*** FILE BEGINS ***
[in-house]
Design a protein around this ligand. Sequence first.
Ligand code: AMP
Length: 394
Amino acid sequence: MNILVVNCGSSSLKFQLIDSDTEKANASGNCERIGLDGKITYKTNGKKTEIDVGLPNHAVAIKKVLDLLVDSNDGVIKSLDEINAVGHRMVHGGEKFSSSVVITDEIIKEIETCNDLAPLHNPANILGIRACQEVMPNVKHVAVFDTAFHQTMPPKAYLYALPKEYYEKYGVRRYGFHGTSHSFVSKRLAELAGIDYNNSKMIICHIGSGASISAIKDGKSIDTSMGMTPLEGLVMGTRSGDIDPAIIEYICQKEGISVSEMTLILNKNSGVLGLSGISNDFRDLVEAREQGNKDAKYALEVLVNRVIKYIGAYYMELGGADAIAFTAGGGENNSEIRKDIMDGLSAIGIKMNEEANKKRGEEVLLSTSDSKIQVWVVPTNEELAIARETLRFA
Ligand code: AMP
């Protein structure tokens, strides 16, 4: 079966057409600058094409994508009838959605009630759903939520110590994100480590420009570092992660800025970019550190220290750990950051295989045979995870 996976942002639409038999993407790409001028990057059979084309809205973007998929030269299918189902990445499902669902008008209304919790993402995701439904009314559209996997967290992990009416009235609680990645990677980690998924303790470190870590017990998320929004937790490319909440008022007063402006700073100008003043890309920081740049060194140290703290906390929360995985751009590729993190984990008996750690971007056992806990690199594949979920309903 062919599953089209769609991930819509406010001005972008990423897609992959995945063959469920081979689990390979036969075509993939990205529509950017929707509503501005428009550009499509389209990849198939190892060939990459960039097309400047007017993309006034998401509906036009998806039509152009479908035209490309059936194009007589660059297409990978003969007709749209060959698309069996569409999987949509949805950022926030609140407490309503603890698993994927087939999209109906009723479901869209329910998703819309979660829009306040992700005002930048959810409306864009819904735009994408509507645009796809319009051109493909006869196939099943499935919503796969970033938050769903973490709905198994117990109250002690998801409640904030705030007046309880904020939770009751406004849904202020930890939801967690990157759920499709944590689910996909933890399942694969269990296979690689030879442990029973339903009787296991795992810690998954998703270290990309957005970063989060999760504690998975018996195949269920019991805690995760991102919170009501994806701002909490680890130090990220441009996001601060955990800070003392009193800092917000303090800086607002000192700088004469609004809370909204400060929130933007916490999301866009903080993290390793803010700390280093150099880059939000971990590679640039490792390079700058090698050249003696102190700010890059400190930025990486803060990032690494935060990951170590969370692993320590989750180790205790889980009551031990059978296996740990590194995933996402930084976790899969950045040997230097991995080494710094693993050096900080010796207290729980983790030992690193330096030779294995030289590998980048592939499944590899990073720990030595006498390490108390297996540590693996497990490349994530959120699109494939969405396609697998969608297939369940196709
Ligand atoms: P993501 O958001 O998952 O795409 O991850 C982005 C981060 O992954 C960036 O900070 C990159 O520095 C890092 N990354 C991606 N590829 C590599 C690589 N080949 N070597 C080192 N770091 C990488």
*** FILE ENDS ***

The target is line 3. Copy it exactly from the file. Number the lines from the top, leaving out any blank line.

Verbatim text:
Ligand code: AMP